The major chemicals in the brain that control our moods, emotions and how we feel are called Neurotransmitters and they come in various flavors. Neurotransmitters act as messengers that send signals from one neuron to another by binding to receptors in the brain.
What are some of the main Neurotransmitters in the brain?
What Causes A Person To Have A Chemical Imbalance In The Brain
The exact cause of mental health conditions is still unclear. Researchers believe that genetics as well as environmental and social factors, such as stress or trauma, play a role.
The chemical imbalance theory is disproven, yet its often presented as an explanation for mental health conditions.
It states that these conditions are caused by an imbalance of neurotransmitters between nerve cells in the brain.
For example, depression is said to result from insufficient levels of serotonin in the brain. But the theory doesnt explain how these chemicals become imbalanced.
Harvard Medical School reports that there are likely millions of chemical reactions occurring in the brain. These reactions are responsible for presenting a persons mood and overall feelings.
The millions of reactions occurring makes it impossible to determine if someone is experiencing a chemical imbalance in their brain.
The most common evidence used to support the chemical imbalance theory is the effectiveness of antidepressant medications.
Antidepressant medications work by increasing the levels of serotonin and other neurotransmitters in the brain.
However, if a persons mood can be elevated with help from medications to increase brain chemicals, this doesnt mean that the symptoms necessarily come from a chemical deficiency.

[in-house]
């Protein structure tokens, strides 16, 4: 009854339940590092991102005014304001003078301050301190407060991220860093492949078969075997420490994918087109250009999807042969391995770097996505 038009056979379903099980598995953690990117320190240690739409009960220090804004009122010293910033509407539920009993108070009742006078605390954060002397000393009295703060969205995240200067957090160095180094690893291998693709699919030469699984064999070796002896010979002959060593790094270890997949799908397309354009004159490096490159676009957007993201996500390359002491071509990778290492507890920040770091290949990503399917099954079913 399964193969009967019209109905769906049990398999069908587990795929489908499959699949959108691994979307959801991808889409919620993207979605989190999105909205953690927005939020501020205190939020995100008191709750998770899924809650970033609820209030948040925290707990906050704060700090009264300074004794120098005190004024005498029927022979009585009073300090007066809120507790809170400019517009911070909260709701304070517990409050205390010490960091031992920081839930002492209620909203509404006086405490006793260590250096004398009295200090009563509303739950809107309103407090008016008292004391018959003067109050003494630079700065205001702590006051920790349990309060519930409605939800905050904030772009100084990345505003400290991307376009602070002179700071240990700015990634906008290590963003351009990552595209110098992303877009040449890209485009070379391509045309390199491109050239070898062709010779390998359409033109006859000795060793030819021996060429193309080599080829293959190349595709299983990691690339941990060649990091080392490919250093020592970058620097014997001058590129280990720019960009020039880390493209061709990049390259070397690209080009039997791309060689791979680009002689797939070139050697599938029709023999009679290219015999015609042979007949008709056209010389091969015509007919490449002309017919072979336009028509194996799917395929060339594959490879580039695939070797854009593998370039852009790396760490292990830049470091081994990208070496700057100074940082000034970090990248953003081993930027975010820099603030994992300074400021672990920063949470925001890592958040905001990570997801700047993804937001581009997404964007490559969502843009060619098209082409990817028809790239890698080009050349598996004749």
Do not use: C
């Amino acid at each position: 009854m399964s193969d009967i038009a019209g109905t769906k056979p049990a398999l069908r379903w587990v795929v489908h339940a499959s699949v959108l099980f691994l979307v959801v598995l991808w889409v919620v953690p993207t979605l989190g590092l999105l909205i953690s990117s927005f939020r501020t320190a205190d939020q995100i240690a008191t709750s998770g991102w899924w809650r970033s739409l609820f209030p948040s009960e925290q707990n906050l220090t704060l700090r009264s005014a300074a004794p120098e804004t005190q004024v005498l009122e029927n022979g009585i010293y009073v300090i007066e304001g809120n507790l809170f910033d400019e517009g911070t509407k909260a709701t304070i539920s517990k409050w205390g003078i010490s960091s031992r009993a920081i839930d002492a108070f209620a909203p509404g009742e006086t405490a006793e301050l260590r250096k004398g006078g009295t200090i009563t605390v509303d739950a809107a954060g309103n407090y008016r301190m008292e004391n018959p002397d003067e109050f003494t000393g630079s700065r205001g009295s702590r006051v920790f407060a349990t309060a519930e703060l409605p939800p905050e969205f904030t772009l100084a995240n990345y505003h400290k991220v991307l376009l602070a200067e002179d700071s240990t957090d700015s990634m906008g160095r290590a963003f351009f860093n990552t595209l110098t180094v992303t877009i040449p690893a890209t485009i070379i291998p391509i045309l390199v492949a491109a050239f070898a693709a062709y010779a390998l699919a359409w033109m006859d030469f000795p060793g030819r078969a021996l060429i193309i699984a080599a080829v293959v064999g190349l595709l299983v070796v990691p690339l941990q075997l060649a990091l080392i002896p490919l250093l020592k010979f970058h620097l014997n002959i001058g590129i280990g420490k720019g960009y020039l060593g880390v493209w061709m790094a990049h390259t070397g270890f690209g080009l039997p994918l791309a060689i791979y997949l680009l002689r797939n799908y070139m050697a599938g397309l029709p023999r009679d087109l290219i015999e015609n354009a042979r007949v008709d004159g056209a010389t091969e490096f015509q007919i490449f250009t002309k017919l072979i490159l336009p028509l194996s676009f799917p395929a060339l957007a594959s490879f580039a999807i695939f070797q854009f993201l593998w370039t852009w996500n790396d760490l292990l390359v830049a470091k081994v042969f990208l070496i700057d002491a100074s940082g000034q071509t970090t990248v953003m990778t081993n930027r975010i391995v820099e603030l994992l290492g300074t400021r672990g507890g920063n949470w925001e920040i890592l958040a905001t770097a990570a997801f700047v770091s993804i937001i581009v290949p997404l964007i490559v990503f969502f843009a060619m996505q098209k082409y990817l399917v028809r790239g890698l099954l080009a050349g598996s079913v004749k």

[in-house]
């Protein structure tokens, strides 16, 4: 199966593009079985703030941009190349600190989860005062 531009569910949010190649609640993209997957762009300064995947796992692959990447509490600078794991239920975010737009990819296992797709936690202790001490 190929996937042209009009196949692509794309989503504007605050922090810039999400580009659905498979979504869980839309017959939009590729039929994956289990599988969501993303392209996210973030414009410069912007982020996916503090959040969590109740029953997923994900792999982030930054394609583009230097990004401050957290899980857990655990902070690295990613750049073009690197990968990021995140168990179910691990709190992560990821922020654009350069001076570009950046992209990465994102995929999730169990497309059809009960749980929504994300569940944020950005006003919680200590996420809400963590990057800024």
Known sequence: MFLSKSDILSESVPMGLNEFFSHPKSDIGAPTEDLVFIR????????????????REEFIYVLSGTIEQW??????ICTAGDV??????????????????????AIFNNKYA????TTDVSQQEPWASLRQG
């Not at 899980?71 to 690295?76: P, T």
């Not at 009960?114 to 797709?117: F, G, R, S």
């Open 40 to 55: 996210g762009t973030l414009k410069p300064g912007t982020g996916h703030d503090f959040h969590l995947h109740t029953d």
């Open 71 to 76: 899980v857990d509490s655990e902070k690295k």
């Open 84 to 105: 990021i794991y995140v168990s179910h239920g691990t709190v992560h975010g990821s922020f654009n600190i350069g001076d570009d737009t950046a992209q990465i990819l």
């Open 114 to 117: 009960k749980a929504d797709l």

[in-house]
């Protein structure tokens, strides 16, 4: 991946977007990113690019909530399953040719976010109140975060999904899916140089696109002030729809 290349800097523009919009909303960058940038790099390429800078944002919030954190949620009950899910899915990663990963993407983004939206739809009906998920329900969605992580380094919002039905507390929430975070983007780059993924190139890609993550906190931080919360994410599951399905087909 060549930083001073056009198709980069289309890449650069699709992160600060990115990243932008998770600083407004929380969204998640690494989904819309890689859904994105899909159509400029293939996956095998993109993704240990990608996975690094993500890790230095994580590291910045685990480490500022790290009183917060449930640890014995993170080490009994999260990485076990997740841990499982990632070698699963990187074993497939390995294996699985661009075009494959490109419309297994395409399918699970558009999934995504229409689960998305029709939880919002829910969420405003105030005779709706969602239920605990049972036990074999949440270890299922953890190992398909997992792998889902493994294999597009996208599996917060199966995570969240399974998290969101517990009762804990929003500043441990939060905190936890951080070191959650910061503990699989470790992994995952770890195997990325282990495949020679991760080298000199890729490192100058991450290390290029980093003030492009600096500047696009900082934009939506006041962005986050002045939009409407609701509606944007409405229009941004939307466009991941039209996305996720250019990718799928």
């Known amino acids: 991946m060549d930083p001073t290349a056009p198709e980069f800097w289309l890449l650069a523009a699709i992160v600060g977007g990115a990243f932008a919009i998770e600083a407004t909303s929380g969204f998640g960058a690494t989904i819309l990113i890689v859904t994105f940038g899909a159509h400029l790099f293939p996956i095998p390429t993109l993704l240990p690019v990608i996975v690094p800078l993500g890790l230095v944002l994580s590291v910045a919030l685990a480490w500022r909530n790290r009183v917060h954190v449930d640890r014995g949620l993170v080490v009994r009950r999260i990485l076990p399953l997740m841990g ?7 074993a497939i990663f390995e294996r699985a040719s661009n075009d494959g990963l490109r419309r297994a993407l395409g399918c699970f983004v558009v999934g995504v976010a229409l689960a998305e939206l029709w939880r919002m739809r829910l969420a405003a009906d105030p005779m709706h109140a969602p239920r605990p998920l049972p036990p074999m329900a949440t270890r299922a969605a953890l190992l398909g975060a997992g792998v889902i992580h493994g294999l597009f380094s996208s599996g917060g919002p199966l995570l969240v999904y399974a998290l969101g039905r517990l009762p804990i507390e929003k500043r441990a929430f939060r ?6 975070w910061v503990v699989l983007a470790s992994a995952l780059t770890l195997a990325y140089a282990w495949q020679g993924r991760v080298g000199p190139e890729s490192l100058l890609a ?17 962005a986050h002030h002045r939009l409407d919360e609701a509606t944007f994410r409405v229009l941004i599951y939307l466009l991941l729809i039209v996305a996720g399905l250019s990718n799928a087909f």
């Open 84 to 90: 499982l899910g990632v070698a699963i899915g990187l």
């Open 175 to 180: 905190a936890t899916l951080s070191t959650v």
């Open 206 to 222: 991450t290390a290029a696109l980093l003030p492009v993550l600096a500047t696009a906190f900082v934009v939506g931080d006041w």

Its also possible that low serotonin levels are just another symptom of depression, not the cause.
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Symptoms Of A Chemical Imbalance
Neurotransmitters are chemicals that are released from nerve cell endings and travel to surrounding nerve cells to relay a signal. The signal travels to different areas of the brain, which creates emotions or causes a physical response.
Neurotransmitters have many different functions and can act on many areas of the body. Chemical imbalance symptoms include:
- Feeling sadness or hopelessness
- Lacking interest in things that you usually enjoy doing
- Feeling anxious or nervous
Feelings of depression or anxiety can lead to suicidal thinking. If you or a loved one is experiencing suicidal thoughts or tendencies, call the National Suicide Prevention Hotline at .
Onset Of Depression More Complex Than A Brain Chemical Imbalance
It’s often said that depression results from a chemical imbalance, but that figure of speech doesn’t capture how complex the disease is. Research suggests that depression doesn’t spring from simply having too much or too little of certain brain chemicals. Rather, there are many possible causes of depression, including faulty mood regulation by the brain, genetic vulnerability, stressful life events, medications, and medical problems. It’s believed that several of these forces interact to bring on depression.